- Choose the variety that is right for you. Hardneck garlic has a stiff stem, grows a garlic "scape" and is perfect to grow in areas with a hard winter. The cloves last longer and tend to be larger. Softnecks are the kind you can braid after being harvested, are better for growing in mild climates, and they make smaller, strong tasting cloves.
- Plant individual cloves a few inches below the surface, 6 inches apart.
- Fertilize with an organic fertilizer that is high in nitrogen in the spring, and again when bulbs begin to swell around May.
- Stop irrigating when bulbs start to dry down.
- Harvest when bulbs have 3 to 4 layers of dry leaves or "skin" on them. Skin should be thick, dry, and papery.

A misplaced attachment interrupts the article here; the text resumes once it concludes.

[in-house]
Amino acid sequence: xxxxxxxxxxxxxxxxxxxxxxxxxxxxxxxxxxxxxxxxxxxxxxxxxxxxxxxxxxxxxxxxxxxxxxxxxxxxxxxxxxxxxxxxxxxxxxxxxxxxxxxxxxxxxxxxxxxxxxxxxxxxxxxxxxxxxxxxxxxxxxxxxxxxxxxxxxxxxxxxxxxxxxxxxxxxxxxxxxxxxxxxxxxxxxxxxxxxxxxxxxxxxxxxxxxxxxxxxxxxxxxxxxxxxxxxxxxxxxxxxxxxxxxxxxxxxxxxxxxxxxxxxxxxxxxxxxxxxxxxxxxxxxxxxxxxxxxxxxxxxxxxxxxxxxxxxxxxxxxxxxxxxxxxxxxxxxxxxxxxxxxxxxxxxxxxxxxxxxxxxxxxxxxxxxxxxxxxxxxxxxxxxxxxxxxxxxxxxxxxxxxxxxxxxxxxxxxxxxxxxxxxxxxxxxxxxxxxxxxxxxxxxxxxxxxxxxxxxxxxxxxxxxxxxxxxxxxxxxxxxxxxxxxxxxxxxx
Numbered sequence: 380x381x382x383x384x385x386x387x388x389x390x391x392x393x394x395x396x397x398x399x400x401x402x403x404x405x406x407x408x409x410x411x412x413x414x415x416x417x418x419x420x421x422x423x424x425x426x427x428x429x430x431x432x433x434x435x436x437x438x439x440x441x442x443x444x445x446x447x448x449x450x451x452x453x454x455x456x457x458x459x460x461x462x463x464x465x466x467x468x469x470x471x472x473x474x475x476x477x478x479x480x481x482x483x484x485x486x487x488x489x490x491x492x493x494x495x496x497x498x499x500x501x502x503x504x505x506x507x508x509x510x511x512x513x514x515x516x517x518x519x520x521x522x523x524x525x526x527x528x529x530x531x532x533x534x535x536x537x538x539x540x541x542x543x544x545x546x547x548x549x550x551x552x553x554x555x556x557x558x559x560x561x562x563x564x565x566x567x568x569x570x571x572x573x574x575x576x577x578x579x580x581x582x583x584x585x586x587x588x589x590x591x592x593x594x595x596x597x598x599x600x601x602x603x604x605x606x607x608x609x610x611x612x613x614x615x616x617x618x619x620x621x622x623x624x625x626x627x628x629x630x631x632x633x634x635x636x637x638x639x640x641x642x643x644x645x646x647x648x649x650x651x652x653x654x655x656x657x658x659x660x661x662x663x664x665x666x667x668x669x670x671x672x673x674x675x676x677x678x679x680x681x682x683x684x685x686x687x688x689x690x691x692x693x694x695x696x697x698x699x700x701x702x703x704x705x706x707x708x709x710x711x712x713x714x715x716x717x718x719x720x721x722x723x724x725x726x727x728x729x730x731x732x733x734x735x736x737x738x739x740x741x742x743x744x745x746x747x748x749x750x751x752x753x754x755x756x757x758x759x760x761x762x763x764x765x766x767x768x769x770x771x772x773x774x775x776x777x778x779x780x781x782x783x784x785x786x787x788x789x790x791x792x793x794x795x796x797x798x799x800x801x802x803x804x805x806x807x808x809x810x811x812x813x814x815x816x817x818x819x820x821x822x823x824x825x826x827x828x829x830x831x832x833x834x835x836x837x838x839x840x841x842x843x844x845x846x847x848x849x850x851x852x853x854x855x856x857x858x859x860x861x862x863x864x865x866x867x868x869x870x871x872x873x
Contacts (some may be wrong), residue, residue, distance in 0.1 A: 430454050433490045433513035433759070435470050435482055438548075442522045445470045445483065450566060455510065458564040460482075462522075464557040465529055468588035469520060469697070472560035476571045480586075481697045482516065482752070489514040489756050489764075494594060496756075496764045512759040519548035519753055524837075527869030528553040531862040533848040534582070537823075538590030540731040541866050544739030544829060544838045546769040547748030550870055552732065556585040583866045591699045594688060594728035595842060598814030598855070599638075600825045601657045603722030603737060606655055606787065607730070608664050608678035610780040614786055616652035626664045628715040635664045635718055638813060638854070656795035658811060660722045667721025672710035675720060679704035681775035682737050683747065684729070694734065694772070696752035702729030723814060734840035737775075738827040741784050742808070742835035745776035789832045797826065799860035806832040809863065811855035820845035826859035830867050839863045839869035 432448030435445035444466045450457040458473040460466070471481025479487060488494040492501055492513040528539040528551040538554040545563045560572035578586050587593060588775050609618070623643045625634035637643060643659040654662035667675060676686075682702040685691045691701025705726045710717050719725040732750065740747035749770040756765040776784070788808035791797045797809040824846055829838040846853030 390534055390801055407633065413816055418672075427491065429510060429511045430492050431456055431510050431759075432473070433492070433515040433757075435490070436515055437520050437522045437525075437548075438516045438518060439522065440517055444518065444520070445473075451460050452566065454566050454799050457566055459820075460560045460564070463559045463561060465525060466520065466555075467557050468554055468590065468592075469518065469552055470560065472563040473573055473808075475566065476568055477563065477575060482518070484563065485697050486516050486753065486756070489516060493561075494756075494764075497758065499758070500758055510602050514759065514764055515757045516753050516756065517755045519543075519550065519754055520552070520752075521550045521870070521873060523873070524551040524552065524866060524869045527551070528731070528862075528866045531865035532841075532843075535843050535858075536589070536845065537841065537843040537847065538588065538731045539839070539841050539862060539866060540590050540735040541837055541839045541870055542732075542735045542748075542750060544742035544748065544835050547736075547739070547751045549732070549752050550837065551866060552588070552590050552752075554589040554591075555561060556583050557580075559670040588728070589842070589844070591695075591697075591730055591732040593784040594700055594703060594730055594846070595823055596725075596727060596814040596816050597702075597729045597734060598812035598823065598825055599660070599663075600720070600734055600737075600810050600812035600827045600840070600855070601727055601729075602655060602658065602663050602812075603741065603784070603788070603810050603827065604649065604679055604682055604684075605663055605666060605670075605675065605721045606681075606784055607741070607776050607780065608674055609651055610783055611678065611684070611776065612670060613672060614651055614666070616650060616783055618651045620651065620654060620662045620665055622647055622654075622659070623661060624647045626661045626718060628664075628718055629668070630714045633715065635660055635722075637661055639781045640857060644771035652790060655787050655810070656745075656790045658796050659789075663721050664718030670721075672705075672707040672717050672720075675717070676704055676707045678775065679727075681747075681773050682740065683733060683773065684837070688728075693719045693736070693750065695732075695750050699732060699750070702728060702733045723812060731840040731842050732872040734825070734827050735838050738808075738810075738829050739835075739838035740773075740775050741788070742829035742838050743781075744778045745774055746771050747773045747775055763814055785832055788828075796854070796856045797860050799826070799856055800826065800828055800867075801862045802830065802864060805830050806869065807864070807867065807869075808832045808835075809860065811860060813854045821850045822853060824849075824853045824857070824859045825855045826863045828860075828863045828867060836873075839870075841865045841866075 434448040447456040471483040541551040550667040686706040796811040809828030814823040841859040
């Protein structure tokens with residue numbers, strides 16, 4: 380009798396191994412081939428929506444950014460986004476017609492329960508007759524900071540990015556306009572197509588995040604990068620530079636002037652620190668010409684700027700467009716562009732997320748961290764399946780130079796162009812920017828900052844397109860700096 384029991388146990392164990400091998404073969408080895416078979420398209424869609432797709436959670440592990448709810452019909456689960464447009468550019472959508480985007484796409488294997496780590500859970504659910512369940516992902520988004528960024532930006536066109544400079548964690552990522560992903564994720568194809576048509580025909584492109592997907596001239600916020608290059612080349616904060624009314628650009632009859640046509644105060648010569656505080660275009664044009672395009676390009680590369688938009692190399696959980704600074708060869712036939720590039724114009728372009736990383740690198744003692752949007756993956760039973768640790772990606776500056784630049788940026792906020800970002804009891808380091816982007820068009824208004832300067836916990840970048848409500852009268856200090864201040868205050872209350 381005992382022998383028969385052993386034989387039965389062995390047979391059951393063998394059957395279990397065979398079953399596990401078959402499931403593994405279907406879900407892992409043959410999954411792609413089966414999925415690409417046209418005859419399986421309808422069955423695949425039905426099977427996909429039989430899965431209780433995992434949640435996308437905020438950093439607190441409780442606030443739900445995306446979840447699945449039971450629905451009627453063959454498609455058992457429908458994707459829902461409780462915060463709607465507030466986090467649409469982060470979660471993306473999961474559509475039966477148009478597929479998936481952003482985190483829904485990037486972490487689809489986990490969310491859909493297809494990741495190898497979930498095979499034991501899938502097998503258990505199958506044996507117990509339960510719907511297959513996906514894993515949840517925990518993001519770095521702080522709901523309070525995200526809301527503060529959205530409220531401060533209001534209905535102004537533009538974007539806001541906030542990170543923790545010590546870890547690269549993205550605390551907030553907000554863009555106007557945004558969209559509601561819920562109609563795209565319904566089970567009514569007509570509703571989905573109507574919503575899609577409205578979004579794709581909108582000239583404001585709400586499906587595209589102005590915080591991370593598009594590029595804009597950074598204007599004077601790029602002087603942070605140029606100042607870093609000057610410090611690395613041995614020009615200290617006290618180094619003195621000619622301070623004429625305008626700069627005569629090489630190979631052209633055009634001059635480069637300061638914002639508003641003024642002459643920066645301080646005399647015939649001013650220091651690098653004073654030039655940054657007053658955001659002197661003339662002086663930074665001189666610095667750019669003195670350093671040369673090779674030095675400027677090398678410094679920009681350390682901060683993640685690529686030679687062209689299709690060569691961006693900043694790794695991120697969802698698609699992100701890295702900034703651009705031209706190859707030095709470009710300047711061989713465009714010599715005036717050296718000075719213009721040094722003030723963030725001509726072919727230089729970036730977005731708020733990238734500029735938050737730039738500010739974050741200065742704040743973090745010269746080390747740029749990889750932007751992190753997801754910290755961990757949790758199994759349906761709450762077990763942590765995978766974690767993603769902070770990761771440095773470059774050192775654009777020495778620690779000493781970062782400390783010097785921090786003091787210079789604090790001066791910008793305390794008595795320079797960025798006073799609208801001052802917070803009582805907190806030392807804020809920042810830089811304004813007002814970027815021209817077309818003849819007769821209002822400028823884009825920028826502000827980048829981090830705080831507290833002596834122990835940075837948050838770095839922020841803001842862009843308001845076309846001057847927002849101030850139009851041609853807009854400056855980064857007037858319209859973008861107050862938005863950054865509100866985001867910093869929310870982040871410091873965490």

- Dry in a shady, warm, well-ventilated area for 3 or more days. Don't leave in the sun- they can sunburn and become in-edible.
- Store in a dark, dry, well-ventilated area. Don't store in the refrigerator, this stimulates sprouting!
Thursday, October 3, 2013
In case you hadn't heard, October is the month to plant garlic in the PNW. Here's a few tips on how to grow great garlic: